Now is the Time for Social Innovation
The Trust's Paul Braithwaite believes new ways of working need to be identified for the Northern Ireland VCSE sector to remain impactful.

Now is the Time for Social Innovation

31 March 2014

Paul Braithwaite, who heads up Building Change Trust’s work on Social Innovation, explains why there has never been a better time for the Voluntary, Community and Social Enterprise Sector (VCSE) to focus on the future.

Can you briefly explain what social innovation refers to?

Social innovation simply refers to the identification and application of new solutions to existing social problems. In one sense social innovation has been around for a long time, but the terminology is new. One of the key elements of this is moving away from a ‘silo mentality’ whereby the three main sectors (public, private, VCSE) work separately. Each does indeed have distinctive characteristics and strengths, but also limitations, so pooling expertise and resources is one key way of fostering innovation.

Why do you think now is the right time for the local VCSE sector to embrace these solutions?

The community and voluntary sector, and society in general, are facing some significant challenges in the coming years. On the one hand an ageing population, climate change, long-term unemployment, sectarian division and rising health and wealth inequalities pose significant long-term challenges, whilst on the other hand less funding will be available in the medium-term for public services, including those provided by the VCSE sector. Consequently new ways of working must be identified.

How do you think the internet can be used for social good?

Technological change has historically always been one of the main drivers of innovation. The internet’s capacity to reach millions of people at the touch of a button, to save huge sums of money by performing tasks digitally that were previously done manually and to connect diverse people, knowledge and expertise from across the globe are all unprecedented. Applying these attributes to social problems clearly has enormous potential but too often the people with the technical expertise and the people working on social problems are disconnected.

Which local organisations are leading the way in social innovation?

In the UK as a whole, the Young Foundation and Nesta are the leading thinkers and instigators of social innovation, as well as the Nominet Trust, who focus on digital social innovation. There are thousands of practitioner organisations too. FabLabs, community-based restorative justice, the Gaeltacht Quarter and the NOW project are just a few local examples highlighted in our 2012 research.

What are the main factors holding our local VCSE sector back from embracing these changes?

There tends to be a pre-occupation on organisational survival in the current funding environment. The sector also shares a fear of risk-taking and this isn’t helped by a lack of understanding of social innovation as a concept. The jargon and technical language can often be a major barrier to change.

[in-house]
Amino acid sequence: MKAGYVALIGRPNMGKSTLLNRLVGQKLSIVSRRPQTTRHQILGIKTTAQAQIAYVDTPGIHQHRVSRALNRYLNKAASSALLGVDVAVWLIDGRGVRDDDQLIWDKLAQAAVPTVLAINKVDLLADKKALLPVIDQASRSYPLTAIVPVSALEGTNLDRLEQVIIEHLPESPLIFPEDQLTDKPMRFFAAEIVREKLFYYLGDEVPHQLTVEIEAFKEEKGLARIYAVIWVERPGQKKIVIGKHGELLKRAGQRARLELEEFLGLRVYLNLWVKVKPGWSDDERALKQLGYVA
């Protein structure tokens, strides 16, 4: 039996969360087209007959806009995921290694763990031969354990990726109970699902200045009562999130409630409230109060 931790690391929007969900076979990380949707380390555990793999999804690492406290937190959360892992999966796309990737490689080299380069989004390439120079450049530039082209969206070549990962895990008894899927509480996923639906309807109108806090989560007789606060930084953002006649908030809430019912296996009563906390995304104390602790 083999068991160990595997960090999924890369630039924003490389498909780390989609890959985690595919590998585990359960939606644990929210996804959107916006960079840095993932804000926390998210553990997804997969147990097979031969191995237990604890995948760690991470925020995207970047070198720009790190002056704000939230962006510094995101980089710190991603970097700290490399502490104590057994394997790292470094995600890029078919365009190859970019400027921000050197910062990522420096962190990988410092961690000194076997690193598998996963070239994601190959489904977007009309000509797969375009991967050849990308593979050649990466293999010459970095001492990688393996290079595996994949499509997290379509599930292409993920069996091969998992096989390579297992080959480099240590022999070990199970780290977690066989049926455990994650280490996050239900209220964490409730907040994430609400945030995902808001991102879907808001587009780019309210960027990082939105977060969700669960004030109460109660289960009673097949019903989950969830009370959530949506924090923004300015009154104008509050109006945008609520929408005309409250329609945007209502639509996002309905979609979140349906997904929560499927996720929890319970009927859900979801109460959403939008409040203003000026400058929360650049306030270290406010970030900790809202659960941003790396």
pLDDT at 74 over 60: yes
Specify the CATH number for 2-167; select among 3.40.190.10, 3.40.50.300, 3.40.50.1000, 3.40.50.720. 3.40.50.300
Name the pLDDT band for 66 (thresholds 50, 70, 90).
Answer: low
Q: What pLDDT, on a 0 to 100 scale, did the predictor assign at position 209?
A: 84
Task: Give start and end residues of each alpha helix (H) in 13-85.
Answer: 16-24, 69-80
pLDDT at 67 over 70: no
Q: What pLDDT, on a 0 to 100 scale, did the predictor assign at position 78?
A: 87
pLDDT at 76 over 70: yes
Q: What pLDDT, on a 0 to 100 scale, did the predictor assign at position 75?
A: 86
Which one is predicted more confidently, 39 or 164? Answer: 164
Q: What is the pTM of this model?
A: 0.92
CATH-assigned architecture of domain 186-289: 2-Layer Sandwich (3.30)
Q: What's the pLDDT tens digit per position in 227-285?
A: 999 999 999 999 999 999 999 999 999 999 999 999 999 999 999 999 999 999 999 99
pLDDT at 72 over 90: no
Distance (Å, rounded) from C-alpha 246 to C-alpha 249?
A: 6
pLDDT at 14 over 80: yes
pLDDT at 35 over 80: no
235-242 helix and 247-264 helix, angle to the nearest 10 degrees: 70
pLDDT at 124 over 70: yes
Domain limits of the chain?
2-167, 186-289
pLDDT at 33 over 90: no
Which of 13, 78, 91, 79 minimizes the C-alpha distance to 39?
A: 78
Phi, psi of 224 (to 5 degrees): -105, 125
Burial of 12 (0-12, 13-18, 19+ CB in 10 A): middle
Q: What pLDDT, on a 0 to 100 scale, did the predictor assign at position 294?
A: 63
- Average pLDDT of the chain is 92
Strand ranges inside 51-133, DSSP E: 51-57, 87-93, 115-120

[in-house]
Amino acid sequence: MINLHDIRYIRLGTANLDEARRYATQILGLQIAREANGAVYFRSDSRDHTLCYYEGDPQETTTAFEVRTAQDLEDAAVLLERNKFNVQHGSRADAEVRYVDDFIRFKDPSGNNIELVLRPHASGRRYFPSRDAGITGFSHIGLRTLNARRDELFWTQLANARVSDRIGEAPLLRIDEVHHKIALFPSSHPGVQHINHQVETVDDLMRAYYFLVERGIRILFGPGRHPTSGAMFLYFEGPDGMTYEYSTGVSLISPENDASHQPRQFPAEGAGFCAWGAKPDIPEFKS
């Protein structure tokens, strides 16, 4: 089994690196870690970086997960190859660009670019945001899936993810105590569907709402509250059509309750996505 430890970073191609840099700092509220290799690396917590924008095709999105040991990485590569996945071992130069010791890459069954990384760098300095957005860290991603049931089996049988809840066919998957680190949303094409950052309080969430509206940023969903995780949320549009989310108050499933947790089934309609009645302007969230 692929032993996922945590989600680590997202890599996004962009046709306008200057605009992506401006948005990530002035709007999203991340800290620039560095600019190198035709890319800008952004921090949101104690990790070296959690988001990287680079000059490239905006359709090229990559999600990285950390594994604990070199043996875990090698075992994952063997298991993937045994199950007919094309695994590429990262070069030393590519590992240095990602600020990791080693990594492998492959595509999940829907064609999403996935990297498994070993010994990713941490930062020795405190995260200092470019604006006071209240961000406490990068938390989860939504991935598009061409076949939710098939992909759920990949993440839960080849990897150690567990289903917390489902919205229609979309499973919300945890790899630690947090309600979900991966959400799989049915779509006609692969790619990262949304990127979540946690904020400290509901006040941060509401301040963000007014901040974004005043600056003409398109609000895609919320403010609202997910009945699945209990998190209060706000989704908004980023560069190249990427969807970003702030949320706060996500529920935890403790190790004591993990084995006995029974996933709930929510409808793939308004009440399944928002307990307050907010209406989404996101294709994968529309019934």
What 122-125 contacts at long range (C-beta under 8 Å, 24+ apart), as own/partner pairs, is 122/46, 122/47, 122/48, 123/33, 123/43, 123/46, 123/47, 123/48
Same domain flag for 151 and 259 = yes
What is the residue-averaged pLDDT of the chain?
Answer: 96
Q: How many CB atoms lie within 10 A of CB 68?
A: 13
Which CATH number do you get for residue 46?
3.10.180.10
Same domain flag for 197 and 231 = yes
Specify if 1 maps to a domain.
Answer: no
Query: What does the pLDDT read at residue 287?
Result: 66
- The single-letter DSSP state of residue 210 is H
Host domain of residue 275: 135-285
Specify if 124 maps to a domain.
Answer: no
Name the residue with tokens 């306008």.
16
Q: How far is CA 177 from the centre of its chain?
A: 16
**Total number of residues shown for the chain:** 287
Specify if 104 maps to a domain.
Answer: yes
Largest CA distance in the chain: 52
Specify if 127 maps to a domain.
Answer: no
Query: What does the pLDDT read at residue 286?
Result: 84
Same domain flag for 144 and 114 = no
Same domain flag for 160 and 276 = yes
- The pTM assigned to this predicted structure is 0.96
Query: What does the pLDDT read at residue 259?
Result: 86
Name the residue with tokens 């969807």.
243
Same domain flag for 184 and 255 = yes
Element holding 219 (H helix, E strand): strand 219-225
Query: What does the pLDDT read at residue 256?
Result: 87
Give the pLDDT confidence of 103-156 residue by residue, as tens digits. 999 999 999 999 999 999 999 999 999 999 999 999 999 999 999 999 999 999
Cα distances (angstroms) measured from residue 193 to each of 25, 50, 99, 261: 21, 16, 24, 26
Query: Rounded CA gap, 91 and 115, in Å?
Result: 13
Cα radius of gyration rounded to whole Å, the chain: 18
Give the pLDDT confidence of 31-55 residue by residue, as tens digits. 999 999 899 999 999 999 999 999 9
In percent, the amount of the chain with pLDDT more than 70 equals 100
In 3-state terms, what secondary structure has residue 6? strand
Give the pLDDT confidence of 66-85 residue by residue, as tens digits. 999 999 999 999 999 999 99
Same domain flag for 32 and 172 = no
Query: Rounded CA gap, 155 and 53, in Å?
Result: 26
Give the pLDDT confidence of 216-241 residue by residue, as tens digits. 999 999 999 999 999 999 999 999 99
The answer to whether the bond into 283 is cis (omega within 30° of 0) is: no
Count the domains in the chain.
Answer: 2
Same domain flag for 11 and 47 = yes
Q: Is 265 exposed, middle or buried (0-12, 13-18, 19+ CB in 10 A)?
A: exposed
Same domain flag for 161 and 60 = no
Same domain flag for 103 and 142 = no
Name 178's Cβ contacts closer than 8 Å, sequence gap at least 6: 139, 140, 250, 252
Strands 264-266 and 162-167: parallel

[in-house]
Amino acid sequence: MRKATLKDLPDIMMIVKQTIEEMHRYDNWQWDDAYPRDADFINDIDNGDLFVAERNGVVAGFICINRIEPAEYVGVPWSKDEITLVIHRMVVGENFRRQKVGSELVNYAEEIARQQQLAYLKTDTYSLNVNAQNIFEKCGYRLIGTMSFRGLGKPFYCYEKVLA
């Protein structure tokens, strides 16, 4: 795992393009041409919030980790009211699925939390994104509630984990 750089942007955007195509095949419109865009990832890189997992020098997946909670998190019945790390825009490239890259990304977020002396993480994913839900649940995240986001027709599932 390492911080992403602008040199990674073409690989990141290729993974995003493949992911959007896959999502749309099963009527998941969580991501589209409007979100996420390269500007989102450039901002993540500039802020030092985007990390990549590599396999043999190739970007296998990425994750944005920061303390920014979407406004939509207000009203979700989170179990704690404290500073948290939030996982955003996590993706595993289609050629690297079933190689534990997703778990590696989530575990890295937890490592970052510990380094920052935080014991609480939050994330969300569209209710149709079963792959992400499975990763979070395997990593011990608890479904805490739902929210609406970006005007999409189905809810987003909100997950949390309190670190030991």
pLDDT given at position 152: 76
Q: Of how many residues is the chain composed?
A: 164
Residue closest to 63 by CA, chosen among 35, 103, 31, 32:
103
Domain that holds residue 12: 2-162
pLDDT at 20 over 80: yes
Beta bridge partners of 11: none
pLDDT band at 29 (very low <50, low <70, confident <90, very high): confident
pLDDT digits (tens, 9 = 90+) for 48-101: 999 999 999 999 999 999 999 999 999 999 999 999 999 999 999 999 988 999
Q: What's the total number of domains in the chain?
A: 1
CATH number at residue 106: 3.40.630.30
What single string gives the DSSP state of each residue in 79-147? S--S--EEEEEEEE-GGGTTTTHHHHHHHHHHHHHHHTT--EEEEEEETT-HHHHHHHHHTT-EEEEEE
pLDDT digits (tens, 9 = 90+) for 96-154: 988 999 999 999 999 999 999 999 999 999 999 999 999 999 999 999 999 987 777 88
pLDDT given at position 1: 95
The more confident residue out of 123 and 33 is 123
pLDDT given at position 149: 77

Is there a risk that this sector could struggle in the future if organisations don’t look into these changes now?

Yes. Changes to funding amounts and mechanisms are unlikely to be reversed in the medium-term. Any sector or organisation needs to innovate and change the way it works periodically in order to remain at the cutting edge. The VCSE sector is no different.

What should be the first move of any organisation interested in embracing social innovation?

We would encourage these organisations to familiarise themselves with the terminology and some real-life examples of social innovation in practice. It is important to identify a social problem within the organisation’s domain where current systems are proving ineffective and reach out to individuals from any sector that have expertise on building suitable solutions. Set aside enough time to think ‘outside the box’ and look for small-scale funding for prototyping and piloting new ideas.

Northern Ireland has developed a strong reputation for success in the digital and IT sector. Do you think the VCSE sector can benefit from this experience and knowledge?

Yes, currently the VCSE sector’s main use of digital technology and the internet tends to be for communicating with supporters, fundraising and marketing. The tech sector can help VCSE organisations break out of these limitations and consider how digital technology can be applied to their core work in resolving social problems.

What action do you have planned for the coming months to raise awareness of social innovation?

The Trust is committed to social innovation as a key theme for the next five years. As well as supporting specific examples of social innovation, we will seek to influence the emergence of a broad ‘ecosystem’ of individuals and organisations from all sectors committed to embedding social innovation approaches within Northern Ireland.

Concrete actions the Trust will be supporting over the coming year include:

  • Re-launching the Social Innovation Camp project which aims to generate digital solutions to specific social problems
  • Commissioning of at least one Challenge Prize, whereby VCSE sector organisations in collaboration with others will be able to propose innovative solutions to a specific social problem
  • A ‘Geeks-in-Residence’ programme for placing tech experts on  secondment within the VCSE sector for the purposes of generating innovation. 

For more information and to keep up to date with our work in this area, follow @ChangeTrust on Twitter.

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